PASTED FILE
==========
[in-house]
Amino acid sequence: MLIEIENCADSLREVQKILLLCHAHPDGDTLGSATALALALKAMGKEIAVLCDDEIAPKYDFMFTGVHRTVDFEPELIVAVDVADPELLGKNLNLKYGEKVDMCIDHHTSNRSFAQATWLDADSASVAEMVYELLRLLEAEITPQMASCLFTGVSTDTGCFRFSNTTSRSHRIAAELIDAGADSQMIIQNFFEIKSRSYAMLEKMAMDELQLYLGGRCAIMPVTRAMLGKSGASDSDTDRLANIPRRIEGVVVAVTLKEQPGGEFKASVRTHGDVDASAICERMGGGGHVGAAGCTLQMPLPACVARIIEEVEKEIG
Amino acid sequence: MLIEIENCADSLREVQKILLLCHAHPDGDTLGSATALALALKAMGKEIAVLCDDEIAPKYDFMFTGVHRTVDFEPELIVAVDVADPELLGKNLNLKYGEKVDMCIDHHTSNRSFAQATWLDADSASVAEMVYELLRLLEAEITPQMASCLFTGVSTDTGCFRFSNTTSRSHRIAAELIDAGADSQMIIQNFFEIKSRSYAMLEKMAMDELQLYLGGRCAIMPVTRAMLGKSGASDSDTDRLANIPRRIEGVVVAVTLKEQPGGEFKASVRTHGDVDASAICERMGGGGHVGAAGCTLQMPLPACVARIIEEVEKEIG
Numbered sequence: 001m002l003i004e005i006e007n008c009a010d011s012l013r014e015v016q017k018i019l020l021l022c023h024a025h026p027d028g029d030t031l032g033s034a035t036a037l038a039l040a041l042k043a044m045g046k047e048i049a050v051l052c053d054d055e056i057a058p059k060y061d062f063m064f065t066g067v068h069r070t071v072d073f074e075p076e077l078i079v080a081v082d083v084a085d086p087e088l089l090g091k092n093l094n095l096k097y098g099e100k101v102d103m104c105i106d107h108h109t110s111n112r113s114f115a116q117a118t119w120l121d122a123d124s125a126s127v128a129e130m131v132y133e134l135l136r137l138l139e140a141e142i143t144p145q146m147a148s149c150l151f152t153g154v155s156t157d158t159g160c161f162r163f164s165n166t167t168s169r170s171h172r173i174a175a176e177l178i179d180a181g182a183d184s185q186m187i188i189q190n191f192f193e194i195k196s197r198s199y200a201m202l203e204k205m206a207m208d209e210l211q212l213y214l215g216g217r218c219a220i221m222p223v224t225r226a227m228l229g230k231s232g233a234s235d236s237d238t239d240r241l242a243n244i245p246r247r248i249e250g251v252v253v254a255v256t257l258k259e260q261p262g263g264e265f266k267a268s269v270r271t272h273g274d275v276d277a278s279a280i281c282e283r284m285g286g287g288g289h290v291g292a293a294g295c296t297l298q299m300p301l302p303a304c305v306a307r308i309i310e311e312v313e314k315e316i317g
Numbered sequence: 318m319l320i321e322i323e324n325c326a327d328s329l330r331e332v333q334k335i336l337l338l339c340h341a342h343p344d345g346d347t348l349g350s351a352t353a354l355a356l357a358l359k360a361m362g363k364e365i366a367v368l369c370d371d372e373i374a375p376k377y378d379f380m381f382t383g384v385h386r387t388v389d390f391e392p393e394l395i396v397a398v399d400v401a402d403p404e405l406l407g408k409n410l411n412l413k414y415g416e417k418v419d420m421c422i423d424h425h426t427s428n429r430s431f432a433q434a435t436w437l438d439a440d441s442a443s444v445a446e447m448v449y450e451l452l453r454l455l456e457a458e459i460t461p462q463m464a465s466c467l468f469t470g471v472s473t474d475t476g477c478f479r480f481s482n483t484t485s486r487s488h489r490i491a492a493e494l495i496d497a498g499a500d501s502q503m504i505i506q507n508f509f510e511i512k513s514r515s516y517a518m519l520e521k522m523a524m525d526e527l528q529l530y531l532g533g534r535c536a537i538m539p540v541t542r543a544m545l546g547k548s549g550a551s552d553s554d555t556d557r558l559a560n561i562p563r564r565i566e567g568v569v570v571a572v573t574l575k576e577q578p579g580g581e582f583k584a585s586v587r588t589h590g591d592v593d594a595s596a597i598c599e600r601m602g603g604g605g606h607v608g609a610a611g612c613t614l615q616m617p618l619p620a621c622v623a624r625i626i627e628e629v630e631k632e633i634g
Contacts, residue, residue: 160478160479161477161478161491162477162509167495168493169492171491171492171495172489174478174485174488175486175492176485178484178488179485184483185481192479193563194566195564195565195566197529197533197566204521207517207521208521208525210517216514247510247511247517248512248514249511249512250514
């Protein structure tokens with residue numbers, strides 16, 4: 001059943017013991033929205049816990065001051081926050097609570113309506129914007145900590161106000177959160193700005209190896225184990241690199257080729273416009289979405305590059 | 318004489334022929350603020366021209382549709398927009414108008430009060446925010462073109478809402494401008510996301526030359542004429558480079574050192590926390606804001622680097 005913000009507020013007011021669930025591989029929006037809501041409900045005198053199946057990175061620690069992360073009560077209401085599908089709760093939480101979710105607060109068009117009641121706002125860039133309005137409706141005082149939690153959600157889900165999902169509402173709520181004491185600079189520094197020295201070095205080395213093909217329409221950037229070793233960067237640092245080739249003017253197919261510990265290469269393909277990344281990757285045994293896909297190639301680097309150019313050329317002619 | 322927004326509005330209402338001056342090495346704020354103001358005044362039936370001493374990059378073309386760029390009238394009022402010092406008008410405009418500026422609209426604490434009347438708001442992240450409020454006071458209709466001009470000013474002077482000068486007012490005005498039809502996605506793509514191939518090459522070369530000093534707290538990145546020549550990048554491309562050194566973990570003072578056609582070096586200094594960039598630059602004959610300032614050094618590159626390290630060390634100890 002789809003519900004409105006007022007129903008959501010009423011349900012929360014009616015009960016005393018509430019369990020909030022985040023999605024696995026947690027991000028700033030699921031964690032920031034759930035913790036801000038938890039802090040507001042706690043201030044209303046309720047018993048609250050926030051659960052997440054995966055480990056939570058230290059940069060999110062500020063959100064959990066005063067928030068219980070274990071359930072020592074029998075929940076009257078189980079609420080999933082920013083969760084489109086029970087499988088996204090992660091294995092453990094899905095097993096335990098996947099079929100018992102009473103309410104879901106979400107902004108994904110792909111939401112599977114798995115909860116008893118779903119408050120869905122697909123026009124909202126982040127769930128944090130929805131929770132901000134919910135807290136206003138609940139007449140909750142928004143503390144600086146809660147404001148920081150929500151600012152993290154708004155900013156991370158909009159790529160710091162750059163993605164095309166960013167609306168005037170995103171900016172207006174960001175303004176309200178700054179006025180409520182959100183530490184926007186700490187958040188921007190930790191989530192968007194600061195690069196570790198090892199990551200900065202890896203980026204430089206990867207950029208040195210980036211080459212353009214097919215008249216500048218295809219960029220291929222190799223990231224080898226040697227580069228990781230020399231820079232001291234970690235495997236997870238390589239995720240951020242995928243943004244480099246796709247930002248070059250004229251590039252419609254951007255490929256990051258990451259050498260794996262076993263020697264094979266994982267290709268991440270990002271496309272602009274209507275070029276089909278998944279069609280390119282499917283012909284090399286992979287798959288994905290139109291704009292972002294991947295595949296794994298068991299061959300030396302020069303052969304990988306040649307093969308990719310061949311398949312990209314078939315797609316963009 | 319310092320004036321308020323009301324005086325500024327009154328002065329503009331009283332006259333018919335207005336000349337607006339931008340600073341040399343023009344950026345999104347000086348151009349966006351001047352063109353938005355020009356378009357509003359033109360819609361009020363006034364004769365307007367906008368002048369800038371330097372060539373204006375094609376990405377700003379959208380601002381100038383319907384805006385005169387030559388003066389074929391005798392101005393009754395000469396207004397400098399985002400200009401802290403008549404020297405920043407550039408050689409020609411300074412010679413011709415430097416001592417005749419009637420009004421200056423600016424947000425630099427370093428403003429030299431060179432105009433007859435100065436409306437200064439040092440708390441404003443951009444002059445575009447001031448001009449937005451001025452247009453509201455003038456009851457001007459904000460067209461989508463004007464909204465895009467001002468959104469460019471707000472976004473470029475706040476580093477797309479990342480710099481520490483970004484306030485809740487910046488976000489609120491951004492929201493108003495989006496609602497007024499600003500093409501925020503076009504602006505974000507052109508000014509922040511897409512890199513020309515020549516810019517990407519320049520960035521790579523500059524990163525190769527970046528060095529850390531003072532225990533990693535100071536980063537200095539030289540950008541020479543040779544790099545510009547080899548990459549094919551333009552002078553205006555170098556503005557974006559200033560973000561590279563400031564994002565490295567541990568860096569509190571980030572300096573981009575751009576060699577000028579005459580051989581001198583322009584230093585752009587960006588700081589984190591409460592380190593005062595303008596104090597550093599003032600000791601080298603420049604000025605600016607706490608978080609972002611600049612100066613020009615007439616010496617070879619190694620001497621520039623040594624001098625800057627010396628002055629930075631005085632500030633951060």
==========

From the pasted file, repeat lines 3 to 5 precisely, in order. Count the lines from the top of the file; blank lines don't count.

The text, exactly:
Amino acid sequence: MLIEIENCADSLREVQKILLLCHAHPDGDTLGSATALALALKAMGKEIAVLCDDEIAPKYDFMFTGVHRTVDFEPELIVAVDVADPELLGKNLNLKYGEKVDMCIDHHTSNRSFAQATWLDADSASVAEMVYELLRLLEAEITPQMASCLFTGVSTDTGCFRFSNTTSRSHRIAAELIDAGADSQMIIQNFFEIKSRSYAMLEKMAMDELQLYLGGRCAIMPVTRAMLGKSGASDSDTDRLANIPRRIEGVVVAVTLKEQPGGEFKASVRTHGDVDASAICERMGGGGHVGAAGCTLQMPLPACVARIIEEVEKEIG
Numbered sequence: 001m002l003i004e005i006e007n008c009a010d011s012l013r014e015v016q017k018i019l020l021l022c023h024a025h026p027d028g029d030t031l032g033s034a035t036a037l038a039l040a041l042k043a044m045g046k047e048i049a050v051l052c053d054d055e056i057a058p059k060y061d062f063m064f065t066g067v068h069r070t071v072d073f074e075p076e077l078i079v080a081v082d083v084a085d086p087e088l089l090g091k092n093l094n095l096k097y098g099e100k101v102d103m104c105i106d107h108h109t110s111n112r113s114f115a116q117a118t119w120l121d122a123d124s125a126s127v128a129e130m131v132y133e134l135l136r137l138l139e140a141e142i143t144p145q146m147a148s149c150l151f152t153g154v155s156t157d158t159g160c161f162r163f164s165n166t167t168s169r170s171h172r173i174a175a176e177l178i179d180a181g182a183d184s185q186m187i188i189q190n191f192f193e194i195k196s197r198s199y200a201m202l203e204k205m206a207m208d209e210l211q212l213y214l215g216g217r218c219a220i221m222p223v224t225r226a227m228l229g230k231s232g233a234s235d236s237d238t239d240r241l242a243n244i245p246r247r248i249e250g251v252v253v254a255v256t257l258k259e260q261p262g263g264e265f266k267a268s269v270r271t272h273g274d275v276d277a278s279a280i281c282e283r284m285g286g287g288g289h290v291g292a293a294g295c296t297l298q299m300p301l302p303a304c305v306a307r308i309i310e311e312v313e314k315e316i317g
Numbered sequence: 318m319l320i321e322i323e324n325c326a327d328s329l330r331e332v333q334k335i336l337l338l339c340h341a342h343p344d345g346d347t348l349g350s351a352t353a354l355a356l357a358l359k360a361m362g363k364e365i366a367v368l369c370d371d372e373i374a375p376k377y378d379f380m381f382t383g384v385h386r387t388v389d390f391e392p393e394l395i396v397a398v399d400v401a402d403p404e405l406l407g408k409n410l411n412l413k414y415g416e417k418v419d420m421c422i423d424h425h426t427s428n429r430s431f432a433q434a435t436w437l438d439a440d441s442a443s444v445a446e447m448v449y450e451l452l453r454l455l456e457a458e459i460t461p462q463m464a465s466c467l468f469t470g471v472s473t474d475t476g477c478f479r480f481s482n483t484t485s486r487s488h489r490i491a492a493e494l495i496d497a498g499a500d501s502q503m504i505i506q507n508f509f510e511i512k513s514r515s516y517a518m519l520e521k522m523a524m525d526e527l528q529l530y531l532g533g534r535c536a537i538m539p540v541t542r543a544m545l546g547k548s549g550a551s552d553s554d555t556d557r558l559a560n561i562p563r564r565i566e567g568v569v570v571a572v573t574l575k576e577q578p579g580g581e582f583k584a585s586v587r588t589h590g591d592v593d594a595s596a597i598c599e600r601m602g603g604g605g606h607v608g609a610a611g612c613t614l615q616m617p618l619p620a621c622v623a624r625i626i627e628e629v630e631k632e633i634g